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Before Zoe There Was Fredi… (Movie Makeup History)

Before Zoe There Was Fredi... (Movie Makeup History)

As a trivia follow-up to those new pictures of Zoe Saldana as Nina Simone, a commenter asked if there was a precedent for this – that is, putting a black actress in dark makeup and prosthetics to play a black woman.

Tambay also asked Emmanuel and I if we knew of such an example, and the only one I could think of, without the prosthetics however, was Fredi Washington in Paul Robeson’s 1933 film The Emperor Jones.

Washington, who died in 1994 at the age of 90, was one of those many black actresses who never found any real place or real lasting success in Hollywood. During her brief time as a Hollywood actress, she appeared in only a few films, the most famous of which was her role as Peola Johnson in the 1934 film, Imitation of Life, in which she plays Louise Beaver’s daughter who passes for white.

Ironically, in the more well-known 1959 remake of the film, the role of the daughter, renamed Sarah, was played by white actress, Susan Kohner.

But in Jones, Washington has the small role of Undine, a character who has an affair with Robeson’s Brutus. However, she was so light-skinned that the producers actually darkened her skin in the film, for fear that audiences might mistake her for a white woman who’s involved with Robeson, obviously a black man.

Take a look at Washington in the film:

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since the "hook" here is Zoe Saldana (an actress I adored and respected until this extraordinary missstep)…Fredi did not FLOURISH in film as a result of her lighter complexion. She needed to darken up to work whereas Zoe had absolutely had a broader career because of her ambiguity.

For me in relation to the Nina Simone role, the biggest problem is not JUST complexion. Nina wrote her songs and had a specific view of herself in relation to life and LOVE as a result of her physicality. Not merely her color…but her features and bone structure in a society that was not, and in many ways is still now, ready to embrace and assure beauty. Zoe would need to get an entire surgical makeover to disguise her delicate and perfect bone structure. We're not just talking Nicole Kidman with a prosthetic nose playing Virginia Woolf here.


Good catch Sergio. Your mention of Fredi Washington, and both versions of Imitation of Life, highlights, as someone said "Eighty years later we are still dealing with the complexion issue" and "The burden of representation". First, it's important to note that Susan Kohner was not a "white actress" per-se, her parents ( Mother, Lupita Tovar) was from Mexico and her father was born in the Czech Republic. Susan's brother's name is Pancho. In respect to Fredi Washington, it's been said that she actually left the movie business because of the "politics" (black and white) and the types of roles she was being offered. She went on to be an advocate for women's rights. In reference to the 1959 version of "Imitation", as I mentioned in another post, I recently watched it (last week). It had bonus features which included an interview of Juanita Moore, the black actress who received an Oscar nomination for her role as Annie Johnson, Peola's mother. Two things of note, in the original 1934 version, Annie Johnson was actually the business partner of the lead character. In the 1959 film, she was simply the maid. Hmmm, why the change? Well, in my opinion, aside from the fact that the film was a starring vehicle for the return of Lana Turner, the topics of race and politics were at a new threshold in the 50's. Consequently, black "images", as they are today, were being used to fit those in power. Yes, a huge topic for discussion, today and yesterday. Anyway, Juanita Moore said for 2 years she didn't get another offer from Hollywood, and thus, her words: "I had to go back to the chitlin circuit"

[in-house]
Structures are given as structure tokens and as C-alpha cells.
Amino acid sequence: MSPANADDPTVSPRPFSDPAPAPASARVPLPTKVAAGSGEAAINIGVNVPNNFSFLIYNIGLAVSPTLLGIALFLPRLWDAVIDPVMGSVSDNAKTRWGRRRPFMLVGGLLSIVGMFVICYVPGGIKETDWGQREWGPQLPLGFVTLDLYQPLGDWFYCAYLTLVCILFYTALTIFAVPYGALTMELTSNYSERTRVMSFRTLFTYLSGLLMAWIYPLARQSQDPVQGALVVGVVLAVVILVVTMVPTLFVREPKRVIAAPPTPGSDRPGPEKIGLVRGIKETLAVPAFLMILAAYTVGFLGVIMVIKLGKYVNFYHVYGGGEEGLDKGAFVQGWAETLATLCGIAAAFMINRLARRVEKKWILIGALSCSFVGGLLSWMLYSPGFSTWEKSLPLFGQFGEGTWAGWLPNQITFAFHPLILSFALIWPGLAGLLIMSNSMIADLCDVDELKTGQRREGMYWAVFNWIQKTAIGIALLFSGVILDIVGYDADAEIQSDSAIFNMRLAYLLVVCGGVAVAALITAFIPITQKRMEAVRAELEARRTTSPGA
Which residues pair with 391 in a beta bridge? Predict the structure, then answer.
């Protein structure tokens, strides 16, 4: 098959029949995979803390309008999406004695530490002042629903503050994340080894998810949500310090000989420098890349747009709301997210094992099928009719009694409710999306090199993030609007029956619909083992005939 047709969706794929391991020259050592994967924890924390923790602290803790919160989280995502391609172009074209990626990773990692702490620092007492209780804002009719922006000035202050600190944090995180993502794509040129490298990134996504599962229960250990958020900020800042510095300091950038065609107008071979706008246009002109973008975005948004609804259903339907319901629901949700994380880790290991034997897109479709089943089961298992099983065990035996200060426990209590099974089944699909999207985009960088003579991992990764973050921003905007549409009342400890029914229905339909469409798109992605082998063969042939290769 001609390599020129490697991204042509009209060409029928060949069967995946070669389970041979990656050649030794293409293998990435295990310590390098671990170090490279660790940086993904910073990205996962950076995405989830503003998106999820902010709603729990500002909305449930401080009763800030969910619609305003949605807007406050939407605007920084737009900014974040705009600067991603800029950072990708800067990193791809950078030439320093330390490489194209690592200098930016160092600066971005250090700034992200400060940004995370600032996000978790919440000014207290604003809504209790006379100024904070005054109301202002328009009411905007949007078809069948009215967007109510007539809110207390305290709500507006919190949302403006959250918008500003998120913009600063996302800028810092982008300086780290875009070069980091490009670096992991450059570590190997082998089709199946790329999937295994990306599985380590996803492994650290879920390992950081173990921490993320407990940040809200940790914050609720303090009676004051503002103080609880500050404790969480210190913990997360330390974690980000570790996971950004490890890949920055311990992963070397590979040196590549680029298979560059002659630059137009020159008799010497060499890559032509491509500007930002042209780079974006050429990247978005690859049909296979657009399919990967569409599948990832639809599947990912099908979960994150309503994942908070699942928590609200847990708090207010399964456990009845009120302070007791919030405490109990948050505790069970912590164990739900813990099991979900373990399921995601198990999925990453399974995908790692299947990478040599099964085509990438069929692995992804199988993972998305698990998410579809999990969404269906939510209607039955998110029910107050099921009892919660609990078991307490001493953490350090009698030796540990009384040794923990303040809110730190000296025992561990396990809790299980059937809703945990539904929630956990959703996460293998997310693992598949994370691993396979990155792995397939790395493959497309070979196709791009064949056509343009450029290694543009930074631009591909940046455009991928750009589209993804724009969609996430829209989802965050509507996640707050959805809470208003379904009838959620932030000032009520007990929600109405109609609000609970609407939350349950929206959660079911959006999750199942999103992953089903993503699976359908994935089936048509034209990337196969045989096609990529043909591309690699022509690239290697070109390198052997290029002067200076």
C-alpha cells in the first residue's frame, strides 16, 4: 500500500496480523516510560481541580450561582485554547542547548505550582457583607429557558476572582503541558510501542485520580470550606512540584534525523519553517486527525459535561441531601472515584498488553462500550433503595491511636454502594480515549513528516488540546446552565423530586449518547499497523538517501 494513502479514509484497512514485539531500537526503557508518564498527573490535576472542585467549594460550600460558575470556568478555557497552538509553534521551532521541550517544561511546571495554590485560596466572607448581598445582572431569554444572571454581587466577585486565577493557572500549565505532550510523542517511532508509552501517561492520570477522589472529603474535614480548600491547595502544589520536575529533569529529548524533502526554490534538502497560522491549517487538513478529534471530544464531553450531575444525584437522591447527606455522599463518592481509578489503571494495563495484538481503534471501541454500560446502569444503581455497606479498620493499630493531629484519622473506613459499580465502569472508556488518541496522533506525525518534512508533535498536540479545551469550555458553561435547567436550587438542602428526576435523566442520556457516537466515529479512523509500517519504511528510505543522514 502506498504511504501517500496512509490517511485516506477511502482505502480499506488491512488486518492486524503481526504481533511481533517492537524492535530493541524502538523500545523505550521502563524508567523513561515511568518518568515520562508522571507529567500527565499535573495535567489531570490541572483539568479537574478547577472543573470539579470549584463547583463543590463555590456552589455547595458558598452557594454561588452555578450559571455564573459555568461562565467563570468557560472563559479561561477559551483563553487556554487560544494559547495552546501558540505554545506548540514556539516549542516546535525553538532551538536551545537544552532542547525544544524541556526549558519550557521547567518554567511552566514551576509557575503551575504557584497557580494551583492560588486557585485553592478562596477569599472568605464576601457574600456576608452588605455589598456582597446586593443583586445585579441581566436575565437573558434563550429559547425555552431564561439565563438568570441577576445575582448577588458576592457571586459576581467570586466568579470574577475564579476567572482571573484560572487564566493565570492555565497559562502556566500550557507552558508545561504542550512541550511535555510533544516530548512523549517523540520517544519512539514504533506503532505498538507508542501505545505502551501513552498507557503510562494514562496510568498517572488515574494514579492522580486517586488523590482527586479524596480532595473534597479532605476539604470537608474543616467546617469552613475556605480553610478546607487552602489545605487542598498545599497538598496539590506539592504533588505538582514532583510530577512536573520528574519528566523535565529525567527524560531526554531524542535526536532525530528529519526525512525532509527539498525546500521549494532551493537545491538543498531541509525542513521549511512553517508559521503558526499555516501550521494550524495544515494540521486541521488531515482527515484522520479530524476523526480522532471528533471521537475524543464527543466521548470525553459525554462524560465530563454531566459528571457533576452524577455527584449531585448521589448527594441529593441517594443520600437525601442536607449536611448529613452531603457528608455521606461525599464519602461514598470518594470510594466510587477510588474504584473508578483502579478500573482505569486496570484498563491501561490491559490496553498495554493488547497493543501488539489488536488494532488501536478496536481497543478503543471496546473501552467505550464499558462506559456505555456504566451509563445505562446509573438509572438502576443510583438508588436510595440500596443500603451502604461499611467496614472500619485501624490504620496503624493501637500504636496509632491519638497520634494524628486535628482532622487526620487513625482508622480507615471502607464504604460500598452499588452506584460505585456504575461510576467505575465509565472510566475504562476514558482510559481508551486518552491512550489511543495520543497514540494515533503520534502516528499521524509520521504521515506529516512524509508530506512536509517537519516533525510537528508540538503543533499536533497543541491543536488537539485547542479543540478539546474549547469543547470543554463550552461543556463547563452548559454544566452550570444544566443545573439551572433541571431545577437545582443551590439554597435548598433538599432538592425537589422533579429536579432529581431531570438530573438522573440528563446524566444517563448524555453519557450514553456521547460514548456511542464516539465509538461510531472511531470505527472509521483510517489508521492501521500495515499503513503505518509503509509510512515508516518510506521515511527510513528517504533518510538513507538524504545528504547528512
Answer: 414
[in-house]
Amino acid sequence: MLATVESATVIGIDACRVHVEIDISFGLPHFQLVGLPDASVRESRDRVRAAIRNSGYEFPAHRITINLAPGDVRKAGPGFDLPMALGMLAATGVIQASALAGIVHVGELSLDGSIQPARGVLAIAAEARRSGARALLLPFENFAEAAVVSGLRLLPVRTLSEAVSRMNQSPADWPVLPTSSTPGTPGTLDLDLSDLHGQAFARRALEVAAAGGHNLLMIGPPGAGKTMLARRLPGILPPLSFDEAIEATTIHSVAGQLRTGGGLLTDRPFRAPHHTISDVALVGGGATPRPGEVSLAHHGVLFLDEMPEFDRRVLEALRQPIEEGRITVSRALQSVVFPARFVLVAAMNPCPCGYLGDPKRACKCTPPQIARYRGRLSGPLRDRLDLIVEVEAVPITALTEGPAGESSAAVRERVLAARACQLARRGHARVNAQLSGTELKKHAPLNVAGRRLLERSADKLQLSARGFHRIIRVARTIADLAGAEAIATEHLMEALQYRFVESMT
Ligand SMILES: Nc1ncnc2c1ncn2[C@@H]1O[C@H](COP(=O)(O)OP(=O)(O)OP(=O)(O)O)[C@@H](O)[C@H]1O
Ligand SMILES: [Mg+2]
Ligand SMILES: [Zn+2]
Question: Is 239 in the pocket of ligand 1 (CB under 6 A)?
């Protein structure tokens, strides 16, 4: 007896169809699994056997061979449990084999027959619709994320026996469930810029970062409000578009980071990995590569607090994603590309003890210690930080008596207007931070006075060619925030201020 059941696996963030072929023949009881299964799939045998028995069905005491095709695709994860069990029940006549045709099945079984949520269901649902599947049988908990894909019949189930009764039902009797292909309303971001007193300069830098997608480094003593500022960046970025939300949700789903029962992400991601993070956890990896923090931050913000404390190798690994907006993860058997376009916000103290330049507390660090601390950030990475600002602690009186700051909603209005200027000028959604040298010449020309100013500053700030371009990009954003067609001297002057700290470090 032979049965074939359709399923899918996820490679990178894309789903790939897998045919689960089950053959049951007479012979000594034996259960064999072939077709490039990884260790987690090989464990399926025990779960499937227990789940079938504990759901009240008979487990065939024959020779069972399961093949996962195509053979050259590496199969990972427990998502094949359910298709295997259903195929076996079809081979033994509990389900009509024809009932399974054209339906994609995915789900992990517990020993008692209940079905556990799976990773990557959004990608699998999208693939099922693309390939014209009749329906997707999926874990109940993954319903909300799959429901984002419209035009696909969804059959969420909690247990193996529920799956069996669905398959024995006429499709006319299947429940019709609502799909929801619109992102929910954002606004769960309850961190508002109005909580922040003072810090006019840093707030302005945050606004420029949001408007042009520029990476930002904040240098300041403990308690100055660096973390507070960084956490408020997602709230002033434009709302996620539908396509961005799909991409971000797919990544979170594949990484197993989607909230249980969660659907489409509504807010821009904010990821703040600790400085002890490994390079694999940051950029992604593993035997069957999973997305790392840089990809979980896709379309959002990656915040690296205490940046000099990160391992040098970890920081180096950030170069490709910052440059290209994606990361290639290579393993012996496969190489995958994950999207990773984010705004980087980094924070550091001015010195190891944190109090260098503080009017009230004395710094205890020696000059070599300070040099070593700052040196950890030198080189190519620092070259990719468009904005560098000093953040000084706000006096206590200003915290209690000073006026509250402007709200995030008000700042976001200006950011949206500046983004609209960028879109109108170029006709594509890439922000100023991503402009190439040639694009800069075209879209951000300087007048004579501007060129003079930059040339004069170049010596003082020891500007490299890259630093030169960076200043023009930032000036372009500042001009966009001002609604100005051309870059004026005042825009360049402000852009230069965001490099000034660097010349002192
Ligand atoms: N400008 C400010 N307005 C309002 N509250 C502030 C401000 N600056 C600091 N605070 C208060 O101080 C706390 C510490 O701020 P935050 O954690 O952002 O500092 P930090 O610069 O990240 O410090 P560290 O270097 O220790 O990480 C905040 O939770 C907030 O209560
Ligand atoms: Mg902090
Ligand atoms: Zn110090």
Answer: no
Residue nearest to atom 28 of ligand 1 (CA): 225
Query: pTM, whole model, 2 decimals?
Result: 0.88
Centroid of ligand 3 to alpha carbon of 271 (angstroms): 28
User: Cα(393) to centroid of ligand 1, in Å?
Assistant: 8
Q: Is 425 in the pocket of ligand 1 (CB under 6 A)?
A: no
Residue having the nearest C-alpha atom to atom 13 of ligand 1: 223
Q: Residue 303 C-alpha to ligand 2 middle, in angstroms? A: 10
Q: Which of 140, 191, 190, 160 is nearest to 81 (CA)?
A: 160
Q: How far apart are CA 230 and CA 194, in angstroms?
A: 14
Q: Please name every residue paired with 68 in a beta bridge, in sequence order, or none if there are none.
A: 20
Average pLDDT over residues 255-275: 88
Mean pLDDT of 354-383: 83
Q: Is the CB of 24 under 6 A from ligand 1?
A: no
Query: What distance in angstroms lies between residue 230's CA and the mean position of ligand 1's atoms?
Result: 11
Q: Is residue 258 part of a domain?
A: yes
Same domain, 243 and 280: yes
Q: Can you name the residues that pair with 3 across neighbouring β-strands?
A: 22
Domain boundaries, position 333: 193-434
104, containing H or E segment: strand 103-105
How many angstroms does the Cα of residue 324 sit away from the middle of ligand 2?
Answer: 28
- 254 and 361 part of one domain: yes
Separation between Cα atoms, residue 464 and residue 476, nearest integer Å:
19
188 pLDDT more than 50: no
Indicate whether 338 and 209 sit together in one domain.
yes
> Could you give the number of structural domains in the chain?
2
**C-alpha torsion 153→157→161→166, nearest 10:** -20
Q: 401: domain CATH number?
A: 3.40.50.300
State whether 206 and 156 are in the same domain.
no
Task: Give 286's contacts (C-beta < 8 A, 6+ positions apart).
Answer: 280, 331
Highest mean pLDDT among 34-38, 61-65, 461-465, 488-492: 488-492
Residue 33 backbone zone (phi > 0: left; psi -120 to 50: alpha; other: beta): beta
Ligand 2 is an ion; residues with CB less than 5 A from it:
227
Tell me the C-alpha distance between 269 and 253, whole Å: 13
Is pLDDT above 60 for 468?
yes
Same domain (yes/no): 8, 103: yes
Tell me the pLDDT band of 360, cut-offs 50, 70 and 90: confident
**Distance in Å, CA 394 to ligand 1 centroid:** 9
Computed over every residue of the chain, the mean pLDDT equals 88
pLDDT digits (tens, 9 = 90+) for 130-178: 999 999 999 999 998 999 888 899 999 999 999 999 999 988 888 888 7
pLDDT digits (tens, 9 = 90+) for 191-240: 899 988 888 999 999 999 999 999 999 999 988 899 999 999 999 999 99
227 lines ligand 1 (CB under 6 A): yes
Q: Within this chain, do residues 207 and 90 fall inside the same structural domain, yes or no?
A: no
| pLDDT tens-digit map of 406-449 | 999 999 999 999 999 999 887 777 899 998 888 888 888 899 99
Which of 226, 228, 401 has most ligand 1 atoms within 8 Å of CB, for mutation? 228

Same casting standards as today. smh

Ivory Jeff Clinton

The change in complexion is not drastic in Saldana's case. Fredi Washington was very light. Saldana is not. Actually, by old-school, "Our Kind of People," brown-paper-bag standards, her complexion at all. Come to think of it, a cover story on her in Latina magazine described her skin-tone as "chocolate" — and I'm sure it didn't mean white chocolate. I think her long, straight hair and the fact that she's a Latina — which, as has been pointed out on this site, is an ethnicity and not a race — makes people see her as fairer-skinned than she really is. It "scores" her "light-skinned points," as a friend of mine says. Kinda the way some have the misperception of Halle Berry, who's actually medium-toned and just-barely-light, as being light, bright and damn near white because she happens to have a white mother. –


Eighty years later we are still dealing with the complexion issue where a light complexion Black woman is more employable in Hollywood than her darker complexion sister, even if her lighter skin has to be darkened.

What is so ironic in this situation of using Ms. Zaldana to portray the iconic Nina Simone, is that dark complexion Nina forced people to deal with and appreciate the beauty of a dark complexion woman with African features. Besides her incredible voice, this is the most lasting imprint of the Nina Simone legacy!


I can appreciate you trying to draw parallels between the two, however Fredi Washington was not portraying, let say, Ethel Waters or even Josephine Baker. Nice try though.

Adam Scott Thompson

I recognize her from "Imitation." Undine… a water elemental — clever. Meanwhile, I feel like Robeson should have streets named after him in every major city — like MLK.


I loved that "Peola" role. I'd love to see more of her work. It's a shame so many like her never achieved greater success.

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